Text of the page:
New report on corporate responsibility introduces biodiversity
The Global Biodiversity Framework points out that corporate accountability and transparency are crucial to combating the reduction of biodiversity.
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The Global Reporting Initiative (GRI), the independent international organization that helps companies and other organizations to take responsibility for their impacts by providing the global common language for reporting on them, released a statement stressing the urgency to start implementing measures of the Kunming-Montréal Global Biodiversity Framework, signed at the United Nations Biodiversity Conference (COP15) last month.
Hailed as a historic milestone committing the world to halting and reversing biodiversity loss by 2030, the framework, signed by 196 parties, including the EU, sets out ambitious goals and targets to begin addressing the underlying political, economic, and social causes surrounding the loss of biodiversity.
“The stakes were (and remain) high, as the biodiversity collapse the word is experiencing is now clearly evidenced. The IPBES Global Assessment Report from 2019 highlighted unprecedented decline in biodiversity resulting from human activities: in just a few decades, over 85% of wetlands and about half of coral reefs have been lost; a third of fish stocks are overexploited; and 32 million hectares of forest in highly biodiverse regions — an area almost twice the size of France — has been destroyed,” noted Elodie Chêne, Standards Manager at GRI.
What is the framework looking for?
The agreement on biodiversity and the transparency of companies regarding their production processes seek that:
- 30% of the world's land and sea are protected, and 30% of degraded ecosystems are restored by 2030
- $200 billion per year be mobilized by 2030 (including $30 billion from developed to developing countries)
- Halt human-induced extinctions of species and sustainably manage biodiversity, including the collection and trade of wild species
- Action is taken to address the drivers of biodiversity loss, such as invasive species, pollution and climate change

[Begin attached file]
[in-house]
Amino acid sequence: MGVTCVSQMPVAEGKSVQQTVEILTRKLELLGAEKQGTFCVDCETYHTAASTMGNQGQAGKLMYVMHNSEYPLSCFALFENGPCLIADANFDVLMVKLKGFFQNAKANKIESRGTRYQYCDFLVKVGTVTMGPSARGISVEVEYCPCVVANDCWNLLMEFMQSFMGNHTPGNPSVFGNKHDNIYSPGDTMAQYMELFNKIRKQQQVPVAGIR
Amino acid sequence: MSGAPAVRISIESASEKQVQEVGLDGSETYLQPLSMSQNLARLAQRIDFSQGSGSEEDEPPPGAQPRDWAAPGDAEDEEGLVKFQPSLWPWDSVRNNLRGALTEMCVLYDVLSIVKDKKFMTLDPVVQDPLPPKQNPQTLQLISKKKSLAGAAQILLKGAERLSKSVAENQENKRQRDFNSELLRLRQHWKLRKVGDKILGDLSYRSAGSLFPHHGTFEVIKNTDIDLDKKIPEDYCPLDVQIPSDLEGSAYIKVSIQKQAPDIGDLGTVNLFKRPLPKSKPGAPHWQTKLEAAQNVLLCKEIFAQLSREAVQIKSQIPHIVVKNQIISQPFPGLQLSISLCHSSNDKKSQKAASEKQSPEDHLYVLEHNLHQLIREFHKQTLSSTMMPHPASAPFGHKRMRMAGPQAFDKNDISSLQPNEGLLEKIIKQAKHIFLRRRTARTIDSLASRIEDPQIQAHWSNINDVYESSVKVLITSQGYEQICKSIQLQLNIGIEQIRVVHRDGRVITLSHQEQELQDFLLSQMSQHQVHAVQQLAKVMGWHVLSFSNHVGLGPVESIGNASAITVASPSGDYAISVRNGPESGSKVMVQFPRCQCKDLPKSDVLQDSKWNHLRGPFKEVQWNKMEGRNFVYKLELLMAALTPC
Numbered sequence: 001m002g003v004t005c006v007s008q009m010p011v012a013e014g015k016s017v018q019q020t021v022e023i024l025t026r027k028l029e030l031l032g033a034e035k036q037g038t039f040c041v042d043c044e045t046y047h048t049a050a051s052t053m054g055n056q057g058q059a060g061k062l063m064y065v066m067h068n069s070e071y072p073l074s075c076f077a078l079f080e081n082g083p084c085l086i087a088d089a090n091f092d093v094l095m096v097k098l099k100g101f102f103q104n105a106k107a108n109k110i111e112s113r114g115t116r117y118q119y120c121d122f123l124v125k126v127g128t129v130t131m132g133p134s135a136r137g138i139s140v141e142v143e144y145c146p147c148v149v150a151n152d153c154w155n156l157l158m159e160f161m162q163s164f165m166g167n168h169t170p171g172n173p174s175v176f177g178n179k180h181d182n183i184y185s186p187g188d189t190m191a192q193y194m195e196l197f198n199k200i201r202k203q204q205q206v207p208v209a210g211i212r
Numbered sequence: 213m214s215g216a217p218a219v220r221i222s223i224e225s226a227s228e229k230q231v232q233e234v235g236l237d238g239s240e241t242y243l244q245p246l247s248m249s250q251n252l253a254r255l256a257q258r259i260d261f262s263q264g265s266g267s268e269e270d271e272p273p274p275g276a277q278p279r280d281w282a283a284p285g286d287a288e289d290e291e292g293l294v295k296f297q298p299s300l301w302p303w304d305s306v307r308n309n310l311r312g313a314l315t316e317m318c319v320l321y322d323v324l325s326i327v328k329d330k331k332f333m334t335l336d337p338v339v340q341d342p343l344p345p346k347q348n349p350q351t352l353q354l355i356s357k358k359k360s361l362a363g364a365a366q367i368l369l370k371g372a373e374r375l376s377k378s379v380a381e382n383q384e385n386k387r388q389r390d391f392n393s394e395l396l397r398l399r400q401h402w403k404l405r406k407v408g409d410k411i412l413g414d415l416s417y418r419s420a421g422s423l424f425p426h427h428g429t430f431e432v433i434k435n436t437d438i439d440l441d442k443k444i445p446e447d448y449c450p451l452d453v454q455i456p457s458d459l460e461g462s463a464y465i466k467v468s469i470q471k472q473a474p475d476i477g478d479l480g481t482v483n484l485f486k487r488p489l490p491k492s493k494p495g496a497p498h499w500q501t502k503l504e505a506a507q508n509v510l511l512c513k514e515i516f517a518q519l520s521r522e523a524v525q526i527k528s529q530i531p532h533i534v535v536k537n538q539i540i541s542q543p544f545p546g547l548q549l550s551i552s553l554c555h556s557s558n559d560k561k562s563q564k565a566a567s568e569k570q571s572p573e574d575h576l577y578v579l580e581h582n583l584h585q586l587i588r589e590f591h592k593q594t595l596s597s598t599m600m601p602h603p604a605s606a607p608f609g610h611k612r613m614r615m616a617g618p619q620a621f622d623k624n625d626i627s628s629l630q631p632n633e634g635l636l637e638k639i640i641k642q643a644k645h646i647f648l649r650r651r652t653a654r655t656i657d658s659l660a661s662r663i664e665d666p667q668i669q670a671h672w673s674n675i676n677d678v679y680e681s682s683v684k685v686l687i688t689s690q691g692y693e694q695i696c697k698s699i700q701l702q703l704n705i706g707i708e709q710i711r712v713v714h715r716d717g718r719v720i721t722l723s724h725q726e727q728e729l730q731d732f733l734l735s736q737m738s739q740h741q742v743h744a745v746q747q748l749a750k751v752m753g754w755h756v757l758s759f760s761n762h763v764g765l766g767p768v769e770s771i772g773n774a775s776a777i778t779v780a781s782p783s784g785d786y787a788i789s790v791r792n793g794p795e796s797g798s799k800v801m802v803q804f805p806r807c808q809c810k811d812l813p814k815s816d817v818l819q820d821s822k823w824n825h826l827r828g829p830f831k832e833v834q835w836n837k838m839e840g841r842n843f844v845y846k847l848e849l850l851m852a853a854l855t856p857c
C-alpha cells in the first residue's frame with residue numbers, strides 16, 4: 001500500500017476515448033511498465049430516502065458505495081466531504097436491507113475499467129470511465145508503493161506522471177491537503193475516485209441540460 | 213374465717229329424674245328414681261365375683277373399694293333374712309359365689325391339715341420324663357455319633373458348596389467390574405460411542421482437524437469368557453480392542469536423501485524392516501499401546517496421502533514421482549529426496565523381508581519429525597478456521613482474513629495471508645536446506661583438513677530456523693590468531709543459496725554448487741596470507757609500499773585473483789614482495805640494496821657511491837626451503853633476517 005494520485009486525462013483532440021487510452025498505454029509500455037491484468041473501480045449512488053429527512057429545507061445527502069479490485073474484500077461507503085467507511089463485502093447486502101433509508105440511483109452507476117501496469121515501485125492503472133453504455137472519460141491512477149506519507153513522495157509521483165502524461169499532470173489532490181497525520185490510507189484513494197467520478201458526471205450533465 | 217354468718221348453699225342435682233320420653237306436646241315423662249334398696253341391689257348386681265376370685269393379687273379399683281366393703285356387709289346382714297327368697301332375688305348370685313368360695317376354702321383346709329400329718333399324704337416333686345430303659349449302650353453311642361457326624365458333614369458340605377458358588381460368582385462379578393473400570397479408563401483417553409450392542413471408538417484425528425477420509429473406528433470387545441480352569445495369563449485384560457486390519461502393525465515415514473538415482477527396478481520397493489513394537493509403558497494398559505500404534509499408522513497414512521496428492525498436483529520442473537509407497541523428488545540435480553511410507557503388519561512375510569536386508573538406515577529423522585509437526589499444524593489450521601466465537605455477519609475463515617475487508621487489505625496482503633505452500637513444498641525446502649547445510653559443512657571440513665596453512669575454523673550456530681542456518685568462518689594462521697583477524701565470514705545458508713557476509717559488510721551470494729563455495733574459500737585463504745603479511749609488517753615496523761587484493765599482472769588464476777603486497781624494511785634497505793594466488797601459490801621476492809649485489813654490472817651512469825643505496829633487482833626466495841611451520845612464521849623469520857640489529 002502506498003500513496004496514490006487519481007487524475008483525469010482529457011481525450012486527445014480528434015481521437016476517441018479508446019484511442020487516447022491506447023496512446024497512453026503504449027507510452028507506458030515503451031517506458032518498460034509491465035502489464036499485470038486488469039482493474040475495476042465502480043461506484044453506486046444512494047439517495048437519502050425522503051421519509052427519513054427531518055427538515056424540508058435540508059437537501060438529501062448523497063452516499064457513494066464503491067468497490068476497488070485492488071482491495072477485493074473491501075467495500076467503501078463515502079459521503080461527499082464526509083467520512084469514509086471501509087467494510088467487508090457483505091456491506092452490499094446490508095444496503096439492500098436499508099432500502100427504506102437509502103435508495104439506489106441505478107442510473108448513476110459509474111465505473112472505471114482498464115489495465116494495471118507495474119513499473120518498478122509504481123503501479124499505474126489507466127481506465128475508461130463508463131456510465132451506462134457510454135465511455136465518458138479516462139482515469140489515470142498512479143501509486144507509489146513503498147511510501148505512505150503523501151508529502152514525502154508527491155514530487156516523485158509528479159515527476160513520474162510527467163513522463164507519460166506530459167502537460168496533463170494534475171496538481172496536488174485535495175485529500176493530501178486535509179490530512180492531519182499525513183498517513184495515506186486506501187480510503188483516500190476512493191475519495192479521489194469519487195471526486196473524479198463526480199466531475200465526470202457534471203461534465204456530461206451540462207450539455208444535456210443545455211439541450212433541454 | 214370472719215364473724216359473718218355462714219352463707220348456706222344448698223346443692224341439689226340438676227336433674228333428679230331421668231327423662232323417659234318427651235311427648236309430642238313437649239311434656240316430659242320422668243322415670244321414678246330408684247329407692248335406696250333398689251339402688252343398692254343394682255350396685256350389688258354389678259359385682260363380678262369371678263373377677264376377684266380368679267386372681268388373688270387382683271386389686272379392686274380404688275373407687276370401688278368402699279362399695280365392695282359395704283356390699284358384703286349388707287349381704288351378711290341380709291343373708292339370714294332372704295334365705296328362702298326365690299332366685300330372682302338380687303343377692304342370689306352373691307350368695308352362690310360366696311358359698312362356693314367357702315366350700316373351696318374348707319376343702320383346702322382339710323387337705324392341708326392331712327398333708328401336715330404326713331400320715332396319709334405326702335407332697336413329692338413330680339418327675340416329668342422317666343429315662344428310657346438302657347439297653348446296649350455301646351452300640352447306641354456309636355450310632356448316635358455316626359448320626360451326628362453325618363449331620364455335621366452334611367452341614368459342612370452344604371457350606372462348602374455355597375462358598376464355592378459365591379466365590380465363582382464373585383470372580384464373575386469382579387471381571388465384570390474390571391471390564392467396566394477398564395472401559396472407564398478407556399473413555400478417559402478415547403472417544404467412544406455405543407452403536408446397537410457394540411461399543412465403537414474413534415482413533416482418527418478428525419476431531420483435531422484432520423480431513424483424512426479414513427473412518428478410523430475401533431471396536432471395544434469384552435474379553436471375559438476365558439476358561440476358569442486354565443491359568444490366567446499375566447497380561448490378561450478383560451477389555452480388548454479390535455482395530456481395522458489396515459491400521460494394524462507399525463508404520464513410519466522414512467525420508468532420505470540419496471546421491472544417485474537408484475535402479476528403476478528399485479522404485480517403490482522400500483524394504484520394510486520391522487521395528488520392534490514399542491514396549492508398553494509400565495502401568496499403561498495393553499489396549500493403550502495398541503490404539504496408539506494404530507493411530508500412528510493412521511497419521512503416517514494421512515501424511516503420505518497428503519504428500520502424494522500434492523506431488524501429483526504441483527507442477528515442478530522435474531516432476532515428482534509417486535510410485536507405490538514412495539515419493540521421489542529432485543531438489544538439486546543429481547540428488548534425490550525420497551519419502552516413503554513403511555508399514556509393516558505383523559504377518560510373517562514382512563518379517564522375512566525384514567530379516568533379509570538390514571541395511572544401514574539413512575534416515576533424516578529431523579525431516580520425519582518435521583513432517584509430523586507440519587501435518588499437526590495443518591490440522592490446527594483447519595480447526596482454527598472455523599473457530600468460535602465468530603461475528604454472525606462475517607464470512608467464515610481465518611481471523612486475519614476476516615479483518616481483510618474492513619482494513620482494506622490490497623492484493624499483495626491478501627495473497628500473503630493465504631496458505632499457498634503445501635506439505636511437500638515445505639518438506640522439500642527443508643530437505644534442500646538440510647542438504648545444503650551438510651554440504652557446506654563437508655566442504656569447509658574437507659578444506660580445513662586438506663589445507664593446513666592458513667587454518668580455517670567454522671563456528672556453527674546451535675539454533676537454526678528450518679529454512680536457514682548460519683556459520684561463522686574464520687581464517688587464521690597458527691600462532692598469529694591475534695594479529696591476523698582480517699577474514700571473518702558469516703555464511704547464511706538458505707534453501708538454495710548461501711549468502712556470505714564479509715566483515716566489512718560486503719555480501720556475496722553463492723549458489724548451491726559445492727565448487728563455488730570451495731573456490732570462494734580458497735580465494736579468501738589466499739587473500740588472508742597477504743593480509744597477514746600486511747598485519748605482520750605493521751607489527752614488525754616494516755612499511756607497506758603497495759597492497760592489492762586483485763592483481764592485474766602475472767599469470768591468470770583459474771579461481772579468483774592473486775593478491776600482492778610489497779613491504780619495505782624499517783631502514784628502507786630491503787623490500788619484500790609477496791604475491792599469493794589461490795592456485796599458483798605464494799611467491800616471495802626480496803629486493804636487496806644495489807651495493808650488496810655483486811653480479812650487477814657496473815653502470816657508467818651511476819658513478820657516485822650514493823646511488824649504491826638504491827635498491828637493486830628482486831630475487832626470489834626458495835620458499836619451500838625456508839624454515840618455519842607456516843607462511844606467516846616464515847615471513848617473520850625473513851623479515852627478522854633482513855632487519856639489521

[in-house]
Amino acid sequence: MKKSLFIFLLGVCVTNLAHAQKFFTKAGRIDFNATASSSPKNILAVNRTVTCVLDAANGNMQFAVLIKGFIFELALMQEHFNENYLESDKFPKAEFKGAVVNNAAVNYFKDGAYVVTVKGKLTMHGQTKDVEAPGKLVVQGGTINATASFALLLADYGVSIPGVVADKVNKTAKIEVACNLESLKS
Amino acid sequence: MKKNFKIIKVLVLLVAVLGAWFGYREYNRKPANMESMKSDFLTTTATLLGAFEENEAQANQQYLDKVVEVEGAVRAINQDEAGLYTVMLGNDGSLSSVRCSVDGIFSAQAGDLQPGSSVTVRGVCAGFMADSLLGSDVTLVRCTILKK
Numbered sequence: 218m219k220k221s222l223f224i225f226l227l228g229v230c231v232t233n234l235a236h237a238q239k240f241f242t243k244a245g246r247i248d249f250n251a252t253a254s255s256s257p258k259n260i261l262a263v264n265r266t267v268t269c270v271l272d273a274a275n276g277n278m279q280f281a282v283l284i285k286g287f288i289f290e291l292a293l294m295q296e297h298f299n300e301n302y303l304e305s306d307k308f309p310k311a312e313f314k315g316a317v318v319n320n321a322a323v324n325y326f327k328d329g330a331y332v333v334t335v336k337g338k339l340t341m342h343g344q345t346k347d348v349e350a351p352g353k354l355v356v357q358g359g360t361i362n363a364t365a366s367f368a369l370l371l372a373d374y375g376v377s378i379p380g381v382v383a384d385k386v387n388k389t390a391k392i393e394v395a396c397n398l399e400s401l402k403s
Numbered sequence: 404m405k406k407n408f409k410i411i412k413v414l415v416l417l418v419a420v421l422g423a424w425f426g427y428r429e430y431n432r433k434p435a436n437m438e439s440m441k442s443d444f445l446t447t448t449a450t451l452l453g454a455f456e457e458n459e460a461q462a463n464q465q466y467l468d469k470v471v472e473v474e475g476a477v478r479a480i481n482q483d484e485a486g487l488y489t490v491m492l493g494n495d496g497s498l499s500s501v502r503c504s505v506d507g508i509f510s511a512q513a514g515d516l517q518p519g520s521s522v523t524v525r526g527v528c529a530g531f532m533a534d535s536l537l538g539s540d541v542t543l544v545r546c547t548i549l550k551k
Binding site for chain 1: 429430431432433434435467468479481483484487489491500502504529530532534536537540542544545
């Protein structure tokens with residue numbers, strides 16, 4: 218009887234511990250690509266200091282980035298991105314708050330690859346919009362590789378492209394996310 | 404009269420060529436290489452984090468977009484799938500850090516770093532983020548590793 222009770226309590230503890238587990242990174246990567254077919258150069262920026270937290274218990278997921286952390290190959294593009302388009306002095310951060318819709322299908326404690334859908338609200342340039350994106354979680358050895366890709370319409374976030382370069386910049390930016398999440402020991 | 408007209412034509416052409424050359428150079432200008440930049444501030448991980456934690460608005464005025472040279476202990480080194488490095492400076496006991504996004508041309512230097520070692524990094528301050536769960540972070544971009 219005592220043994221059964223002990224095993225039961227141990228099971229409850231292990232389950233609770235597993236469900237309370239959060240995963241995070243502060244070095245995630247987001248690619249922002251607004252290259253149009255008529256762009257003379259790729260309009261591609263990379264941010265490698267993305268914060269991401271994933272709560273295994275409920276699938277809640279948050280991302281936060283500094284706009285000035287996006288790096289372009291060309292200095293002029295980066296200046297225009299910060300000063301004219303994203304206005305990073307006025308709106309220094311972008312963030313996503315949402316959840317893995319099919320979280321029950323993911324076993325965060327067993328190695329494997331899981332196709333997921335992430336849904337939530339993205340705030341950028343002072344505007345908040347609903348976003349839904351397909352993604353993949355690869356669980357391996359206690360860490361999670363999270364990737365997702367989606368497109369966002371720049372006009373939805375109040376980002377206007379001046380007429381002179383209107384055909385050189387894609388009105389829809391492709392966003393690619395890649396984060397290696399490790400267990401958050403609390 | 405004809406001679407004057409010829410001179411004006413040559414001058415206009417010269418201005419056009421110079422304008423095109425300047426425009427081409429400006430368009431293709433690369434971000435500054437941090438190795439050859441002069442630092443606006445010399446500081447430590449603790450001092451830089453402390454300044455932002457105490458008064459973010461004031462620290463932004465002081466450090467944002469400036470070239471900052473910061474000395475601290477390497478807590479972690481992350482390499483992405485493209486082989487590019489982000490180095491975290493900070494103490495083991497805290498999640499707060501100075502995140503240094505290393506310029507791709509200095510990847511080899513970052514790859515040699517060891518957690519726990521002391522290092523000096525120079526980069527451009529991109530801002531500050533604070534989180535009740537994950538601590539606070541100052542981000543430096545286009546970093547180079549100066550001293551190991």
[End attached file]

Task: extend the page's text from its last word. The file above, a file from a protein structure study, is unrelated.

- The rights of Indigenous Peoples are respected and protected
GRI also notes that biodiversity “tools and solutions for implementation and mainstreaming” objectives focus on the role of governments, the private sector, and consumers.
Goal 15 specifically calls on companies and financial institutions to "monitor, assess and disclose in a transparent and regular manner their risks, dependencies and impacts on biodiversity,” stresses GRI.
The Global Biodiversity Framework prioritizes accountability and transparency on the part of companies as a decisive action, so the massive presence of business and financial institutions at COP15, and their willingness to be part of the solution, is a positive sign of their interest.
Noting that more than half of the world's GDP has a moderate to high dependence on biodiversity, GRI notes that while economic activities have a large impact on biodiversity, corporate transparency about the data is low.
“The recent KPMG Survey of Sustainability Reporting revealed only 40% of 5,800 leading companies around the world currently report on biodiversity. Research from CDP and the World Benchmarking Alliance show similar trends,” added Chêne.
Just getting started
GRI notes that various frameworks and initiatives, such as the Task Force for Nature-Related Financial Disclosures, the Science-Based Target Network, the Partnership for Biodiversity Financial Accounting, and Align, are working to define global practices with which companies and institutions can evaluate and measure their impacts, establish objectives, and identify the information that must be disclosed publicly.
“GRI, which delivers the global baseline for impact reporting, is currently undertaking a major revision of GRI 304: Biodiversity, with the exposure draft for the proposed Standard published ahead of COP15. The IFRS Sustainability Disclosures Standards, which will incorporate nature into their climate disclosures, aim to set a global baseline for sustainability-related financial reporting. Together, these standards will offer a complete and robust suite of biodiversity disclosures to assess corporate performance,” pointed out Chêne.
In the EU, the disclosure system will include the European Sustainability Reporting Standards (namely ‘E4: Biodiversity and Ecosystems’), under the incoming Corporate Sustainability Reporting Directive.
The search for transparency
The revised Biodiversity Standard will pave the way for the next level of corporate sustainability, including:
- Impacts in the supply chain – given the most significant impacts on biodiversity for many organizations are found beyond their direct operations
- Location-specific information, essential to understand the impacts on how to manage them
- Reporting on the drivers of biodiversity loss and changes to ecosystems and species,
- Providing information on the impacts on people, as a result of the organizations’ biodiversity impacts
- Information on how those impacts are managed and mitigated
“GRI is working closely with all of these organizations, to align to the greatest extent possible and create that flow of biodiversity-related information – from gathering data to disclosing it publicly in a consistent way that can effectively enable performance assessment by companies, investors and civil society,” stressed the organization.